For the Pirates, marketing was a matter of survival. But they had one thing going for them: Bernie Mullin.
Mullin’s staff learned sales techniques and boosted productivity.
Miracles were not on their list of goals.
“It was a matter of improving,” Boswell said. “It didn’t happen overnight.”
Going on the road
Boswell went on to serve as director of telemarketing for the Denver Grizzlies hockey team, director of corporate sales for the San Francisco Giants, senior account executive for the Sports Facilities Management Group in Columbus, Ohio, director of sales and then team president of the National Basketball Development League team in Charleston, S.C., and senior director of season ticket customer service for the Atlanta Spirit, Hawks and Thrashers.
In 2006 he was named director of season ticket and premium seat sales at Arizona State University in Tempe, Ariz., the position he said was most comparable to his current one as head of the fan relationship management office for Aspire at NMSU.
At ASU he created the Sales Academy. He recruited, hired, trained and directed a fulltime staff and student part-timers who generated $8.7 million in new ticket sales of Sun Devil football, basketball and other sports, tripling departmental sales goals in 2006-08.
The position enabled him to groom young staffers to go on to careers in the industry. Boswell said he assisted sales representatives in attaining positions with the Arizona Diamondbacks, Phoenix Suns, Arizona Cardinals, Colorado Rockies, Orlando Magic, Tampa Bay Rays, Los Angeles Galaxy and Los Angeles Clippers.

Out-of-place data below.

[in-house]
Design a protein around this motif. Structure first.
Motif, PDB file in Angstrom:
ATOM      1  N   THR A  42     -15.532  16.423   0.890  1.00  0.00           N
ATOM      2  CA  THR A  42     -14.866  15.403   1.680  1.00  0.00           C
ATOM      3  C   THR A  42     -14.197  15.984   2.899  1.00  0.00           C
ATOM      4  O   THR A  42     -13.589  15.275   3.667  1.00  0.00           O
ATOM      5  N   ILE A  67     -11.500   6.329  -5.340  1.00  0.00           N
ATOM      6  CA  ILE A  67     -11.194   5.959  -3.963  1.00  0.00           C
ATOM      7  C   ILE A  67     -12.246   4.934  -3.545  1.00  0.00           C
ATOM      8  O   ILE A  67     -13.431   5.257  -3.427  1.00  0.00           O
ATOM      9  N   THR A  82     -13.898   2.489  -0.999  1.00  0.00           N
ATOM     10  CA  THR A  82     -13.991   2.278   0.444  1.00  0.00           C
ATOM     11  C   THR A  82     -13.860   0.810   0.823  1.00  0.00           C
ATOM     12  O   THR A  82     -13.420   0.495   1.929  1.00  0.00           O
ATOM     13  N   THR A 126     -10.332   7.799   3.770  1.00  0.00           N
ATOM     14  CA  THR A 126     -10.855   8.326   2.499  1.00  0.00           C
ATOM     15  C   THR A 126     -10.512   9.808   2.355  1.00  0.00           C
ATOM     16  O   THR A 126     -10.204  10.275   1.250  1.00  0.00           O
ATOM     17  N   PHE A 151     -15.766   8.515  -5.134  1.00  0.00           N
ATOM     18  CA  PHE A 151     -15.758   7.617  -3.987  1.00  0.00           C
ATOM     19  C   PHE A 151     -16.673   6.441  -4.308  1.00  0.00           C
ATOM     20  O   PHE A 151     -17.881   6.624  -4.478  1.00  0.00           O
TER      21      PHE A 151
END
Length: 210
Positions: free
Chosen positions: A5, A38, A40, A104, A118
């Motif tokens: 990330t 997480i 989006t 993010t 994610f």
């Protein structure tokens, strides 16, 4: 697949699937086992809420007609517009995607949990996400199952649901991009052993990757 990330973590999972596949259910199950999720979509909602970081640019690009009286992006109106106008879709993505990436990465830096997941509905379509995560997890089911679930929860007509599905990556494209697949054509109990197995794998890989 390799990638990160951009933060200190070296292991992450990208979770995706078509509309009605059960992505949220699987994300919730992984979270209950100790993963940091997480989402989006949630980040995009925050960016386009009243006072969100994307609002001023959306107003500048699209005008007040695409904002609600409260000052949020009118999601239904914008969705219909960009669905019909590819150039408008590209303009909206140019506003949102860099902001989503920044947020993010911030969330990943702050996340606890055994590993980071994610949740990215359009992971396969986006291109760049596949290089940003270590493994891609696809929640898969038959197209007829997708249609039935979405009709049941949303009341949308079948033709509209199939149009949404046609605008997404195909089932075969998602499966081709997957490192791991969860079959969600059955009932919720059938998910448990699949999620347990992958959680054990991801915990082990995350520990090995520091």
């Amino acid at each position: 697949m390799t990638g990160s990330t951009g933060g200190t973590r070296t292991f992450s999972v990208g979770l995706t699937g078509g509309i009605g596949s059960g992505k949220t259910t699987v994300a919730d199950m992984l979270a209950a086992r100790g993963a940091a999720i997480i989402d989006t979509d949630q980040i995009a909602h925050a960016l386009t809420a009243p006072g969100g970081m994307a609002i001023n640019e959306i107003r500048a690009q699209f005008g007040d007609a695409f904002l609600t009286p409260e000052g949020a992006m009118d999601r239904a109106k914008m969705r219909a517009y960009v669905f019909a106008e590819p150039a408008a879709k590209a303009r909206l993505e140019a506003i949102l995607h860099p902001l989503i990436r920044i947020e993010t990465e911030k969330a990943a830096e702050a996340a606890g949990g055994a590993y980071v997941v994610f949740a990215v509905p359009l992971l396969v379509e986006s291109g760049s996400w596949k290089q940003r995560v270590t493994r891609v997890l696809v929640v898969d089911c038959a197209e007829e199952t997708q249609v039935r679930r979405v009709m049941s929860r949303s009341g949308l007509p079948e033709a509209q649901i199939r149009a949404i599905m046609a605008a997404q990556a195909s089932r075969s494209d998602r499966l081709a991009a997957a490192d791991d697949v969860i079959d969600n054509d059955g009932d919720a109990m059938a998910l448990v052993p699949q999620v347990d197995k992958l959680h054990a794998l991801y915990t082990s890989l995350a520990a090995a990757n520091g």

Boswell also traveled extensively to train sales and customer service representatives. His clients included the Washington Capitals, Columbus Blue Jackets and Phoenix Coyotes.
Mentoring for results
While Boswell began to talk about his initial experiences in Las Cruces, sales consultants Josiah Castro and Devin Day at nearby phones courted former season ticket holders.
An energized Day completed a sale and then checked in with Boswell, apologizing for the interruption.
“How did you do it?” Boswell asked.
“I listened,” Day said. “I found out what he needed. He just needed (his seats) to be higher up.”
Boswell’s role as a recruiter, trainer and mentor is critical to the success of the FRMC.
“I enjoy helping people; it’s giving back. I enjoy doing the same thing Bernie did for me. If you truly teach people, they’ll do it right for the rest of their life.”
Boswell said it’s important to hire FRM staff who understand sports sales is really work.
“If they know that, I think we have a starting point,” he said. “I want someone who’s passionate about the business side of sports, who works hard, follows directions and is honest.”
Boswell mentors as a volunteer as well as a supervisor.
He volunteered with the Boys & Girls Club in Tempe, Atlanta and Charleston, where he was a member of the board.
“The kids are smart enough to know they’re safer at the club than on the streets,” he said. “You gotta love a kid like that.”
He has also volunteered with Big Brothers Big Sisters and is still in contact with his little brother of 10 years ago in Columbus, Ohio, who is now “a good dad.”
“He still calls me his big brother,” Boswell said. “It’s amazing how connected you can get with someone that needs that role in their life.